# Triangulation (chess)

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Triangulation (chess)

Triangulation is a tactic used in chess to put one's opponent in zugzwang. That is, it gets to the same position with the other player to move, when it is a disadvantage for that player to move, e.g. he has to give up a blockade and let the other player penetrate his position. Triangulation is also called "losing a tempo" or "losing a move".

Triangulation occurs most commonly in endgames with only kings and pawns when one king can maneuver on three adjacent squares in the shape of a triangle and maintain the basic position while the opposing king only has two such squares. Thus, if one king triangulates by using three moves to return to the original square and the opposing king can't do the same, he has lost a crucial tempo and gotten to the same position with the other player to move. Triangulation can occur in other endgames and even in some middlegames harvcol|Flear|2004|p=15.

Examples

Chess diagram|=
tright
Triangulation
=
| | | | | | | |=
|pd| |kd| | | | |=
|pl| | | | | | |=
| |pl|kl|xw| | | |=
| | |xw| | | | |=
| | | | | | | |=
| | | | | | | |=
| | | | | | | |=
White to move. White needs it to be Black's move in this position, so he triangulates. The dots indicate triangulation squares for the white king.
Consider this position, with White to move. Here, Black has the opposition, and is keeping the white king out. However, if White had the opposition (i.e. it were Black's move in this position), the black king would have to move away from d7 and allow the white king to advance. Black's king must stay close to where it is – he must prevent the c-pawn from advancing and he must not let himself be driven to the edge of the board. The squares d5 and d7 are corresponding squares. When White's king is on d5, Black's king must be on d7, with White to move in order for Black to prevent the advance of the White king. White has a triangle of squares available: d5, e5, and d4. White can win by the following maneuver:: 1. Ke5! Kc6 (if 1... Ke7 then 2. c6 and white wins by promoting the "b" pawn): 2. Kd4 Kd7: 3. Kd5 and now the triangulation is complete and we have the same position but with Black to move. White has gained the opposition and Black is now in zugzwang. There may follow:: 3. ... Kc8: 4. Ke6! (diagonal opposition) Kd8: 5. Kd6 (vertical opposition) Kc8: 6. Ke7 Kb8: 7. Kd7 Ka8: 8. c6and White will win harvcol|Dvoretsky|2006|p=21. (There are other ways for White to win after his third move.)

Note: 1.c6 will not win due to 1.. Kc8!

For an example of triangulation with a queen, see the queen versus rook position at Philidor position. The game Zugzwang#Fischer versus Taimanov, 1971, fourth match game shows a similar tactic with a bishop. A rook can also perform the maneuver, but a knight can not Harvcol|Müller|Pajeken|2008|pp=40, 175, 189.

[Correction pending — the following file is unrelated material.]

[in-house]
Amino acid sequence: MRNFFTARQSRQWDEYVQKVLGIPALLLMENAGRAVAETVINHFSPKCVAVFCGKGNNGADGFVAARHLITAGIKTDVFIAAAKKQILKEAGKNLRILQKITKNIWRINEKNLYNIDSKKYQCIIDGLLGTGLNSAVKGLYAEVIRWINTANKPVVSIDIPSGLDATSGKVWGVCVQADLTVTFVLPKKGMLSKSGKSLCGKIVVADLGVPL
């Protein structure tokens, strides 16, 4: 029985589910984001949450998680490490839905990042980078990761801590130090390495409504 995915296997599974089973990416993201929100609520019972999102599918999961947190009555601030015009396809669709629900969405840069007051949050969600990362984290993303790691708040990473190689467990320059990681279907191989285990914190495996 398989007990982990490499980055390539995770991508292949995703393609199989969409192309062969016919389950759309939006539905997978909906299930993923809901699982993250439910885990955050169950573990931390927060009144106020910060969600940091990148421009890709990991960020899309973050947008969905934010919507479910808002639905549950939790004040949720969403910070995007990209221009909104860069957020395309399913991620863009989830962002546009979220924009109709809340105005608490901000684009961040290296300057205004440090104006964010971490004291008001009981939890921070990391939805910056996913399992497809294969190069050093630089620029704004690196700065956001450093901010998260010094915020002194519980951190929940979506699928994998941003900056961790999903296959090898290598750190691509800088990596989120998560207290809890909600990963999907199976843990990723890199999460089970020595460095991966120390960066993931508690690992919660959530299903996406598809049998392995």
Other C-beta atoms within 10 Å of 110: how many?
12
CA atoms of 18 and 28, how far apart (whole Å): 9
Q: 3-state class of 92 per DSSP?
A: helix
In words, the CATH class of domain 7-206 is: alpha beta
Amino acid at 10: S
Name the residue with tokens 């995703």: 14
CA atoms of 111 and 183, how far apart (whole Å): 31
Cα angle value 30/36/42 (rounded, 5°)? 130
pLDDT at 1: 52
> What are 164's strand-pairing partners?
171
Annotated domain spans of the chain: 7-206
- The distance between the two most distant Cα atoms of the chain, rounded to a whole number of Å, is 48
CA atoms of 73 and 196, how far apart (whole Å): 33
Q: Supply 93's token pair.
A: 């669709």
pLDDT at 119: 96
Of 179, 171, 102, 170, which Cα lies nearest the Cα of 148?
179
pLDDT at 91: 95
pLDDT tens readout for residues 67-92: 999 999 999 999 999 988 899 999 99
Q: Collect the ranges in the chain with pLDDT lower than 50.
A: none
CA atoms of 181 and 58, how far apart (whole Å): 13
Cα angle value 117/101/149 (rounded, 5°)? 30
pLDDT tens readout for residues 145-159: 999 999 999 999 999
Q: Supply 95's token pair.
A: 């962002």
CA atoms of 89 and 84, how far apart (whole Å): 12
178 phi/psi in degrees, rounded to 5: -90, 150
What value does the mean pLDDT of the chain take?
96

Triangulation with the king

Chess diagram|=
tright
Tal-Spassky, 1965
=
| | | | | | | |=
| | | | | | | |=
| | | | | | | |=
| |pd| | |rd| |pd|=
| |pl| | | | |rl|=
| |xo|kd| |pd| |pl|=
| | |xo| |kl| | |=
| | | | | | | |=
Position before Black's 64th move.
Triangulation can occur in other endgames, such as this game in the 1965 Candidates Tournament, in which future World chess champion Boris Spassky defeated former world champion Mikhail Tal and won the right to challenge the current champion Tigran Petrosian. White would be in zugzwang if it were his move. Black achieves this through triangulation:: 64... Kd2: 65. Re4 Kc3!: 66. Rh4 Kd3: 67. 0-1Now it is back to the same position, but with White to move, and White is in zugzwang. White must lose the rook or allow the f-pawn to advance towards promotion Harvcol|Giddins|2007|p=62.

Example in king and pawn endgame

Chess diagram|=
tright
Shirov-Grischuk, 2000
=
| | | |kd| | | |=
| | | |pl|xo| | |=
| | |pl| | | | |=
| |pd| | | |pd|pd|=
| |pl| | | | | |=
| | | | | |xw| |=
| | | | | |kl|xw|=
| | | | | | | |=
White to move triangulates to put Black in zugzwang.
Usually when a king triangulates in a king and pawn endgame, it is close to the other king. This game shows an example when the kings are far apart. White triangulates to put Black in zugzwang:: 1. Kh2! Kf7: 2. Kg3 Ke8: 1. Kg2! and Black is in zugzwang harvcol|Silman|2007|pp=374-77.

Triangulation with a rook

Chess diagram|=
tright
Topalov-Karpov, 2002
=
|kl| | | | | |xw|=
|pl| |kd| | | |xw|=
| | | | | | |rl|=
| | | | | | | |=
rd| | | | | | |pd|=
| | | | | | | |=
| | | | | | | |=
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White triangulates to put Black in zugzwang.
In this game between future world champion Veselin Topalov and former world champion Anatoly Karpov, White triangulates to put Black in zugzwang:: 1. Rh7+!? Kd8: 2. Rh8+ Kd7: 3. Rh6back to the same position and Black is in zugzwang. The game continued:

: 3... Kd8: 4. Rh7 zugzwang again: 4... Rb4: 5. Ka7 Ra4+: 6. Kb6 1-0 Harvcol|Müller|Pajeken|2008|pp=173-74.

ee also

* Zugzwang
* Corresponding squares
* Opposition
* Chess endgame literature

References

* Citation
surname1 = Dvoretsky | given1 = Mark | authorlink1 = Mark Dvoretsky
year = 2006
title = Dvoretsky's Endgame Manual
edition = second
publisher = Russell Enterprises
ID=ISBN 1-888690-28-3

* Citation
title=Starting Out: Pawn Endings
year=2004
publisher=Everyman Chess
ID=ISBN 1-85744-362-4

*Citation
year=2007
title=101 Chess Endgame Tips: Golden nuggets of endgame wisdom
publisher=Gambit Publications
ID=ISBN 978-1-904600-66-4

*Citation
surname2=Pajeken|given2=Wolfgang
year=2008
title=How to Play Chess Endings
publisher=Gambit Publications
ID=ISBN 978-1-904600-86-2

*Citation
year=2007
title=Silman's Complete Endgame Course: From Beginner to Master
publisher=Siles Press
ID=ISBN 1-890085-10-3

* Citation
title=Secrets of Practical Chess
year=2007
edition = second
publisher=Gambit Publications
ID=ISBN 978-1-904600-70-1
pages 119-21

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